Speciation is a fundamental process at the heart of the evolution of biodiversity. We are striving to find answers to some of the biggest unknowns in speciation research, using experimental evolution with the fast and flexible model system Saccharomyces yeast. The awesome power of yeast genetics, combined with the newest sequencing technology, allows us to establish links between all levels of divergence – genetic, phenotypic, and ecological.

 

Experimental Evolution with Yeast 

We study hybridization between divergent evolutionary lineages and the effect that the exchange of genetic material has on adaptation, reproductive isolation and speciation. For this, we use experimental evolution with Saccharomyces (Baker’s) yeast and the newest genome and RNA sequencing tools, which allow us to observe evolution in the lab over hundreds of generations within a few weeks time.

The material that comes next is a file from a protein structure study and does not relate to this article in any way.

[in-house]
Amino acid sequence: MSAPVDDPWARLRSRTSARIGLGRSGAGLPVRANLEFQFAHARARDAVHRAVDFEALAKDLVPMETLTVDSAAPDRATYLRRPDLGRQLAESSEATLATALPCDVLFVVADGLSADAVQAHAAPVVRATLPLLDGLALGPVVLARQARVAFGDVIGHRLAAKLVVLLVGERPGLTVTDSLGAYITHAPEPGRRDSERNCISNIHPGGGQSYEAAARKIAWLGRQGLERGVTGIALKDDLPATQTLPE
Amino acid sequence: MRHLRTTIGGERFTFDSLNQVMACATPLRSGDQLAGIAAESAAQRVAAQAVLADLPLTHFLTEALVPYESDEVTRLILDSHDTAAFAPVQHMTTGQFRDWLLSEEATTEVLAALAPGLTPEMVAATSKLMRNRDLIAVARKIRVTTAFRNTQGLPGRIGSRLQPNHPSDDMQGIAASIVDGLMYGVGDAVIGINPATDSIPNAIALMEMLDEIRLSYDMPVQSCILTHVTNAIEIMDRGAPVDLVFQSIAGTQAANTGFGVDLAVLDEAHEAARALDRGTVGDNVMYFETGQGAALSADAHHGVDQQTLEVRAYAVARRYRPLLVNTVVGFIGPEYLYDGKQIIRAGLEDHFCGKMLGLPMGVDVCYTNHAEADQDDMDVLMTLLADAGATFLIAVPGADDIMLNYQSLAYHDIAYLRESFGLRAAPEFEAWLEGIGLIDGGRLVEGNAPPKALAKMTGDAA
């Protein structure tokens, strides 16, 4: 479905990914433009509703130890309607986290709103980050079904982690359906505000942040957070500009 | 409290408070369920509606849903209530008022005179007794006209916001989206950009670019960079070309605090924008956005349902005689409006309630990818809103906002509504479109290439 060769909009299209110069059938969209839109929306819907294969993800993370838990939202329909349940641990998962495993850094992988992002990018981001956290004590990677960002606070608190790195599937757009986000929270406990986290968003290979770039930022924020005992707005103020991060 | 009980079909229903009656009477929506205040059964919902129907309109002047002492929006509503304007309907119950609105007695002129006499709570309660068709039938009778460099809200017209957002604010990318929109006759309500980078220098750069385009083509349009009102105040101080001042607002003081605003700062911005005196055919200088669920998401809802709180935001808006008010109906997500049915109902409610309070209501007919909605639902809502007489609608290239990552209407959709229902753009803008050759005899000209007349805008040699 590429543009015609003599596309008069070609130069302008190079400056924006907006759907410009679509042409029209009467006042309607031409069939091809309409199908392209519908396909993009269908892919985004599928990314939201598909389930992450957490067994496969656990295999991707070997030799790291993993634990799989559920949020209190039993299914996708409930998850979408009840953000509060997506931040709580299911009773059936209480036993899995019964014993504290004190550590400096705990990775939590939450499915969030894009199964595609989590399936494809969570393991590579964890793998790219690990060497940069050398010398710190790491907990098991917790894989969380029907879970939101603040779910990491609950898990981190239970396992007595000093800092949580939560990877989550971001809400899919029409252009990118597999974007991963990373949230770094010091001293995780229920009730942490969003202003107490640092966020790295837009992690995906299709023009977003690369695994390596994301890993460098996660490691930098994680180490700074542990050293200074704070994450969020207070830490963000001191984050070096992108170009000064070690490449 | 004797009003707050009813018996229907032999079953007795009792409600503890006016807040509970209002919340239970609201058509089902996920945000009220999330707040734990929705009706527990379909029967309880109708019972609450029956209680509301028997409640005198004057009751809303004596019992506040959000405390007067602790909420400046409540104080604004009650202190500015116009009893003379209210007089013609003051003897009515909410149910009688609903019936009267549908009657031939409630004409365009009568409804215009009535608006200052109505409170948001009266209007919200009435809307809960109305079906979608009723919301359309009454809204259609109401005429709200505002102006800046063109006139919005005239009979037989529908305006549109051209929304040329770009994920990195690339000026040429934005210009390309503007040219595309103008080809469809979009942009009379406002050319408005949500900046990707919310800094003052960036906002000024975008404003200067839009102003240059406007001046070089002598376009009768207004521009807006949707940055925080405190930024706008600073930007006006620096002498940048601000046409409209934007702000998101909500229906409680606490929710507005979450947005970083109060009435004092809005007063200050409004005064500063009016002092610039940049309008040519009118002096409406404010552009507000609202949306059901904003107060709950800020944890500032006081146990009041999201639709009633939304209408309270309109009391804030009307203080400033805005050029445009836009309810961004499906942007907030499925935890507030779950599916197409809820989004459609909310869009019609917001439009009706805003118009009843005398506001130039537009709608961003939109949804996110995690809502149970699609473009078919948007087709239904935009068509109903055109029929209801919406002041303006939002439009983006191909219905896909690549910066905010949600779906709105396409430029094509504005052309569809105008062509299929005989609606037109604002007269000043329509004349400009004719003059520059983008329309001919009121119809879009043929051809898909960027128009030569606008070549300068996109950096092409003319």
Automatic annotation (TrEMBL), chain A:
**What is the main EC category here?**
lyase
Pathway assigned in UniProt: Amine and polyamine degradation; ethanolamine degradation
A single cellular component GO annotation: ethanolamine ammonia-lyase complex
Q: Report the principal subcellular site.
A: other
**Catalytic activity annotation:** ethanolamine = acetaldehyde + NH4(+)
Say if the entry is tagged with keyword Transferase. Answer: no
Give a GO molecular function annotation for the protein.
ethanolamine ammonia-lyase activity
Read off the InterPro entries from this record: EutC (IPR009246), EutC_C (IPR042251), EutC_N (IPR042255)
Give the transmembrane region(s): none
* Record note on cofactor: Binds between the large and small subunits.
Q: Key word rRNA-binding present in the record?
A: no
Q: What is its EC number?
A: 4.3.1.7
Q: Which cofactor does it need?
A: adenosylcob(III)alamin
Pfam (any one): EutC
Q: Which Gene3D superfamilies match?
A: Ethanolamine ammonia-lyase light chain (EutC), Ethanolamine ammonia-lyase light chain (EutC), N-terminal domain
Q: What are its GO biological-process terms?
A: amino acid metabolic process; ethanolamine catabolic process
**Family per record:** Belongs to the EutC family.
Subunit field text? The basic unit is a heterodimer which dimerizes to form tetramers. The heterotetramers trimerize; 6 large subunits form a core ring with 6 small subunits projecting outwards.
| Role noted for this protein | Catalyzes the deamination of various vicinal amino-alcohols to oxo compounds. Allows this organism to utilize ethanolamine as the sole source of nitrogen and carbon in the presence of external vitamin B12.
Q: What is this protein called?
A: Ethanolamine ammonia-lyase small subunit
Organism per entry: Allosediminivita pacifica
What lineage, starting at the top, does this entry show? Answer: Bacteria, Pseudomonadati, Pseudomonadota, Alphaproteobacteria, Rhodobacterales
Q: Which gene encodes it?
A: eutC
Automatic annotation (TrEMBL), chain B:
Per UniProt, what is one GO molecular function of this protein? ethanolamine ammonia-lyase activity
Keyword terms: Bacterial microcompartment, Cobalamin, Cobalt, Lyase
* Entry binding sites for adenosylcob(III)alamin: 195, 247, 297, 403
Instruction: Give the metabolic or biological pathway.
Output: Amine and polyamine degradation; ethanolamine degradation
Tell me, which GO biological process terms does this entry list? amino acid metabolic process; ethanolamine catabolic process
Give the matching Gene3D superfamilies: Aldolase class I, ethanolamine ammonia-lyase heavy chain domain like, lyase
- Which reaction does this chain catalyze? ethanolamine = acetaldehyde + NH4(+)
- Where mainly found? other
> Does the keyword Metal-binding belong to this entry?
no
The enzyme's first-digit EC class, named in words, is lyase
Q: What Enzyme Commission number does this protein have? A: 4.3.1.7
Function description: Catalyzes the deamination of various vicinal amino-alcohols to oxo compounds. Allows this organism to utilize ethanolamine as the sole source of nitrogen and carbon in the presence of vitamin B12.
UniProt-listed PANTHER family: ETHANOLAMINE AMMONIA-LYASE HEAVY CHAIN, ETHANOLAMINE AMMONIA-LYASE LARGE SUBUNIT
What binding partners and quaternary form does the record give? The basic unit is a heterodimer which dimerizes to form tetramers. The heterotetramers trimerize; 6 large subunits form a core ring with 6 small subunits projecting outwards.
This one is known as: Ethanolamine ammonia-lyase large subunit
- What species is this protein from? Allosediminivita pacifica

Principal Investigator: Rike Stelkens
Contributing Researchers: Ciaran Gilchrist

 

Structural genomic changes and aneuploidy 

Aneuploidy is the loss or gain of extra chromosomes. Aneuploidy and other large chromosomal changes are common in crosses between divergent genomes and may provide a natural route for adaptation to changing environments. We use Saccharomyces yeast, experimental evolution, and long-read sequencing to understand the evolutionary significance of ploidy changes and chromosomal rearrangements.

Principal Investigator: Rike Stelkens
Contributing Researchers: Ahmed Arslan, Ciaran Gilchrist